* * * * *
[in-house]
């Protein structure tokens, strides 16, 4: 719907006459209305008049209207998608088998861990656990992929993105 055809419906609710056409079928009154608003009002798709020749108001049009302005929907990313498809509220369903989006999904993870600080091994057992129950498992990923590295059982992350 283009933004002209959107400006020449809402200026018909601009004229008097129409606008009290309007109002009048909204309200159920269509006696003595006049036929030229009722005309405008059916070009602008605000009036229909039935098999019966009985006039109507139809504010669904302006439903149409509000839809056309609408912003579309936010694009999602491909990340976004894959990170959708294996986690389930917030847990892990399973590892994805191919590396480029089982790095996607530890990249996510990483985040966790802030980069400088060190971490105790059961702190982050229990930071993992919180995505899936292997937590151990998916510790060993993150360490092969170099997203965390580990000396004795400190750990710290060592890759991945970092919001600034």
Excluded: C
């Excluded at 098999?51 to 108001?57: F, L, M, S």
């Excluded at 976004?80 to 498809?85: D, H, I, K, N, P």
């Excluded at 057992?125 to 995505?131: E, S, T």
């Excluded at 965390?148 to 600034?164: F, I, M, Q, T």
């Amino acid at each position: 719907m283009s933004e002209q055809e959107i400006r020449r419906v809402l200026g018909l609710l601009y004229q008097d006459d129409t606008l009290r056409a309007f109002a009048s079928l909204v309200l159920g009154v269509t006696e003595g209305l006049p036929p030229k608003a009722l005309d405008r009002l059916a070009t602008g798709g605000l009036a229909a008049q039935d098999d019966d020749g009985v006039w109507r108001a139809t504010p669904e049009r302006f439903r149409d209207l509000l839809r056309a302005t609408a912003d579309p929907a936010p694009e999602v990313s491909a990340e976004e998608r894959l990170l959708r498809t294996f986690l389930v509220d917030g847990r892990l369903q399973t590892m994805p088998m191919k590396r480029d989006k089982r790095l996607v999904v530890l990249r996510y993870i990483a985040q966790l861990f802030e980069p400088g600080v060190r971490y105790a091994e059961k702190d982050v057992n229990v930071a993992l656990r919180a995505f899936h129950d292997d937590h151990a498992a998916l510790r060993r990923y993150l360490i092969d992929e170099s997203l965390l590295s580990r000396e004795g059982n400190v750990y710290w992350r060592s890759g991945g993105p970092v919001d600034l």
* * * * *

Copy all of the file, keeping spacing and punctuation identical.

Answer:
[in-house]
């Protein structure tokens, strides 16, 4: 719907006459209305008049209207998608088998861990656990992929993105 055809419906609710056409079928009154608003009002798709020749108001049009302005929907990313498809509220369903989006999904993870600080091994057992129950498992990923590295059982992350 283009933004002209959107400006020449809402200026018909601009004229008097129409606008009290309007109002009048909204309200159920269509006696003595006049036929030229009722005309405008059916070009602008605000009036229909039935098999019966009985006039109507139809504010669904302006439903149409509000839809056309609408912003579309936010694009999602491909990340976004894959990170959708294996986690389930917030847990892990399973590892994805191919590396480029089982790095996607530890990249996510990483985040966790802030980069400088060190971490105790059961702190982050229990930071993992919180995505899936292997937590151990998916510790060993993150360490092969170099997203965390580990000396004795400190750990710290060592890759991945970092919001600034």
Excluded: C
């Excluded at 098999?51 to 108001?57: F, L, M, S």
């Excluded at 976004?80 to 498809?85: D, H, I, K, N, P």
């Excluded at 057992?125 to 995505?131: E, S, T």
């Excluded at 965390?148 to 600034?164: F, I, M, Q, T």
């Amino acid at each position: 719907m283009s933004e002209q055809e959107i400006r020449r419906v809402l200026g018909l609710l601009y004229q008097d006459d129409t606008l009290r056409a309007f109002a009048s079928l909204v309200l159920g009154v269509t006696e003595g209305l006049p036929p030229k608003a009722l005309d405008r009002l059916a070009t602008g798709g605000l009036a229909a008049q039935d098999d019966d020749g009985v006039w109507r108001a139809t504010p669904e049009r302006f439903r149409d209207l509000l839809r056309a302005t609408a912003d579309p929907a936010p694009e999602v990313s491909a990340e976004e998608r894959l990170l959708r498809t294996f986690l389930v509220d917030g847990r892990l369903q399973t590892m994805p088998m191919k590396r480029d989006k089982r790095l996607v999904v530890l990249r996510y993870i990483a985040q966790l861990f802030e980069p400088g600080v060190r971490y105790a091994e059961k702190d982050v057992n229990v930071a993992l656990r919180a995505f899936h129950d292997d937590h151990a498992a998916l510790r060993r990923y993150l360490i092969d992929e170099s997203l965390l590295s580990r000396e004795g059982n400190v750990y710290w992350r060592s890759g991945g993105p970092v919001d600034l």